Roadrunner Records - Slipknot's hard-hitting, aggressive metal anthems are getting…
- Posted on Jan 12th 2010 3:00PM by Pat Pemberton
"He's one of the greatest story tellers I've ever met," Clemons tells Spinner. "I remember sometimes when we first got started, we were sitting on the edge of the bed in the bedroom we were sharing and he would tell stories. You'd be too scared to go to sleep. He loved telling stories that would freak you out."
While Clemons used to suggest Springsteen write a book one day, the "Big Man" was the first to publish. In his book 'Big Man: Real Life and Tall Tales,' written with close friend Don Reo, Clemons describes Springsteen's penchant for stories in the early days of the E Street Band. Unfortunately, he says the band' success ultimately left little time to share more tales.
"We have time to time to get off the plane and go to the gig now, then get back on the plane and go home," he says. "We don't have a chance to sit on the side of the bed and talk anymore. But all that stuff is stored in your head and in your heart and in your mind. It never leaves."
For Clemons, the stories that come to mind are often real ones about the band's shared experiences.
"Even onstage sometimes, I'll have a flashback of something we did together," Clemons says. "We'll be playing a song that we played a thousand times and every time you play it something different comes to your mind, another show or of something somebody did."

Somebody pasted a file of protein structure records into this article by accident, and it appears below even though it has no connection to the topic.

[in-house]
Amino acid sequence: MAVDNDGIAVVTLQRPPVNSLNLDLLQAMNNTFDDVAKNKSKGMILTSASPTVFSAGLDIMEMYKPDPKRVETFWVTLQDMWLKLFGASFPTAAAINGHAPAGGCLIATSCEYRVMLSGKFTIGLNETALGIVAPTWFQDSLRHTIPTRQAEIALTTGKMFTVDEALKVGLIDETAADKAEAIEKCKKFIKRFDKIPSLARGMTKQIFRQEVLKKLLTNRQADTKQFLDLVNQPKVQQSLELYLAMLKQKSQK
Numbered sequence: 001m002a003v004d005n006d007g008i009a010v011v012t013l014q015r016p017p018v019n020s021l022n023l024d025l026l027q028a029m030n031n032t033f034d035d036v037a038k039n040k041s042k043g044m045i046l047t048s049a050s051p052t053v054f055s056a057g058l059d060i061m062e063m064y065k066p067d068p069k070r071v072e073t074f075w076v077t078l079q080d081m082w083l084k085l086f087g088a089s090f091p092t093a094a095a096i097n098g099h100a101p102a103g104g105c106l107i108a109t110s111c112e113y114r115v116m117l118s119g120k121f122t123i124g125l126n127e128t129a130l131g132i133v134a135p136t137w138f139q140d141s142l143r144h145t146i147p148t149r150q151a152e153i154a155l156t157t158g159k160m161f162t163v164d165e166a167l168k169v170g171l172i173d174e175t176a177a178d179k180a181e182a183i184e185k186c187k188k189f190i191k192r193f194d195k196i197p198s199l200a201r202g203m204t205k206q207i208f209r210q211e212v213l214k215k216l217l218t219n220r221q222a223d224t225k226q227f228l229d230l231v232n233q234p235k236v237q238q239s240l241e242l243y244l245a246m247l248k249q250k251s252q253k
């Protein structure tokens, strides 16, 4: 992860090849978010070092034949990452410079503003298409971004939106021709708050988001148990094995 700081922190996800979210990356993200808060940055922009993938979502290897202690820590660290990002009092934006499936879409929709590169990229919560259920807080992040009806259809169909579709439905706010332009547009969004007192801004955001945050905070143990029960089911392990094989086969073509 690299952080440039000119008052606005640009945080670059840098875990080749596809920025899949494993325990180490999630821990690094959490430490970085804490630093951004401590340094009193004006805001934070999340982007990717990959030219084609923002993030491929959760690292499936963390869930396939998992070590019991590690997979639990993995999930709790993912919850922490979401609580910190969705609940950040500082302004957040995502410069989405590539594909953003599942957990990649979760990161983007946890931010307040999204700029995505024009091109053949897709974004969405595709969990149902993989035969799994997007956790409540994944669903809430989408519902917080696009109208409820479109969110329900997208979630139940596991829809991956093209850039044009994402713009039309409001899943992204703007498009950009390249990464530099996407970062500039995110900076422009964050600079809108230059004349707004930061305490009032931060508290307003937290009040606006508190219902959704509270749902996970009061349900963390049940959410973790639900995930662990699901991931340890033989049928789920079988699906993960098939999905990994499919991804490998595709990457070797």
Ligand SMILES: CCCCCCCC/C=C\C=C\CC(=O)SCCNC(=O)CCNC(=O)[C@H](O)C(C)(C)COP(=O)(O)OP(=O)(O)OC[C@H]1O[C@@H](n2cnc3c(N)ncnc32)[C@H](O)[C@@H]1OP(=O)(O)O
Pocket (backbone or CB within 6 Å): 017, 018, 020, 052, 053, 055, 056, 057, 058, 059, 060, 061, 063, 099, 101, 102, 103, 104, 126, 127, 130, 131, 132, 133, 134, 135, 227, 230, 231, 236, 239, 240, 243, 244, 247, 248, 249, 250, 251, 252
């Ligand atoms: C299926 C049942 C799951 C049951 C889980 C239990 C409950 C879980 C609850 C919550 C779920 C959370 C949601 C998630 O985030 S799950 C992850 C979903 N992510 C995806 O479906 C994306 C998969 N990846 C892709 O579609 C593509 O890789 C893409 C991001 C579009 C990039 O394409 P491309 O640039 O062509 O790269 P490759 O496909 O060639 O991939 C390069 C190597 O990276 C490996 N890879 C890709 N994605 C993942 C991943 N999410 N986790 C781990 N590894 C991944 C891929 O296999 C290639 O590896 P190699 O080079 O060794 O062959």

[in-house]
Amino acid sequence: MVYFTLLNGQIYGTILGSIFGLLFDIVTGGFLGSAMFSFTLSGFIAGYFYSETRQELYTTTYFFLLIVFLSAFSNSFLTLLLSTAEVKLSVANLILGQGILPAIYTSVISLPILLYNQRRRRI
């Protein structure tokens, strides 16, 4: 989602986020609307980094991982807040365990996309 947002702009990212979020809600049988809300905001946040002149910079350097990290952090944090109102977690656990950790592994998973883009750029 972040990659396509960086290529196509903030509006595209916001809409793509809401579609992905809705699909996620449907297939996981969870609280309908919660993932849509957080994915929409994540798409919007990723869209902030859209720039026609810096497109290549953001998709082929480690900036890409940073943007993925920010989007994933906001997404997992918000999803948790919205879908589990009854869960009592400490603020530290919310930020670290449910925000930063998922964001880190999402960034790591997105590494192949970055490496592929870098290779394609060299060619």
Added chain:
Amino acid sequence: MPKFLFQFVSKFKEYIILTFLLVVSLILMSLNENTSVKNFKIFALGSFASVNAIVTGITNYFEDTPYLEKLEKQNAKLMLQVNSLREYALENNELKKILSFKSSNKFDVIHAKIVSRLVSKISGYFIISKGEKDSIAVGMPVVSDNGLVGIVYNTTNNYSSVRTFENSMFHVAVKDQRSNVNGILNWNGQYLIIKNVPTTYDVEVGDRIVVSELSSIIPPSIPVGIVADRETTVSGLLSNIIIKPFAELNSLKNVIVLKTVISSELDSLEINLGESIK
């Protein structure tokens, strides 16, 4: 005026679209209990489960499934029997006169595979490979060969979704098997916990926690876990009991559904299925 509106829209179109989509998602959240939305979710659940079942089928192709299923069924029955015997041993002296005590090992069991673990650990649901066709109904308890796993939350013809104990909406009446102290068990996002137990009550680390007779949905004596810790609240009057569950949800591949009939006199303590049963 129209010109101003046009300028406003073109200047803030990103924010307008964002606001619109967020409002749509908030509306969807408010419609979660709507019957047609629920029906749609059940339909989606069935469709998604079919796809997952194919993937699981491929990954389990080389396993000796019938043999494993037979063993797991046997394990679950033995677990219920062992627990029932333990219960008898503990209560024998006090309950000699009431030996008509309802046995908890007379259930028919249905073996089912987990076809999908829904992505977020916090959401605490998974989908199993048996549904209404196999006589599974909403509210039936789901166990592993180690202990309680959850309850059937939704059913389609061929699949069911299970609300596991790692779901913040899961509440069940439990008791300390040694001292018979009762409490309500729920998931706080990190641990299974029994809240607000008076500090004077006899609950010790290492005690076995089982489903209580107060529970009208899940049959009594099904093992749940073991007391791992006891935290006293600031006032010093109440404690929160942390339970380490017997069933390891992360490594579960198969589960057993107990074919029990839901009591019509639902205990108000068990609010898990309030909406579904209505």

The famous Eric Meola 'Born to Run' album cover, which features Springsteen and Clemons chumming around, also conjures old recollections.
"It brings back all kinds of memories," he says while staring at outtakes from the photo shoot at his Florida home. "Just stories of the struggles we went through, trying to get there and the belief in what you're doing and people telling you this is not what you should be doing."
Clemons, whose tryout for the Cleveland Browns was thwarted by a serious auto accident, was working with mentally-handicapped children when he gave up that career to play full-time with E Street. While the band failed to gain commercial success with its first two albums, Springsteen pushed hard to make 'Born to Run' his breakthrough. His legendary perfectionism, as the book notes, included working with Clemons for 16 hours to get the right sax solo on 'Jungleland.'
"We all had faith in Bruce and what he was doing," Clemons says. "You wouldn't have been in the band if you didn't have faith. It was some tough times in the beginning, you know, but it was what we wanted to do."
The album's success assured Clemons, who attended Maryland State University on music and athletic scholarships, that he would never have to work a day job again. Still, he remembers those five years working at the Jamesburg Reform School.
"The joy you get from doing something to help people, it's the same kind of joy I get from when I play now, knowing that somebody out there in the audience is getting something from what you do," he says. "If I hadn't had that experience, I probably wouldn't be as calm as I am now. It makes you really appreciate it."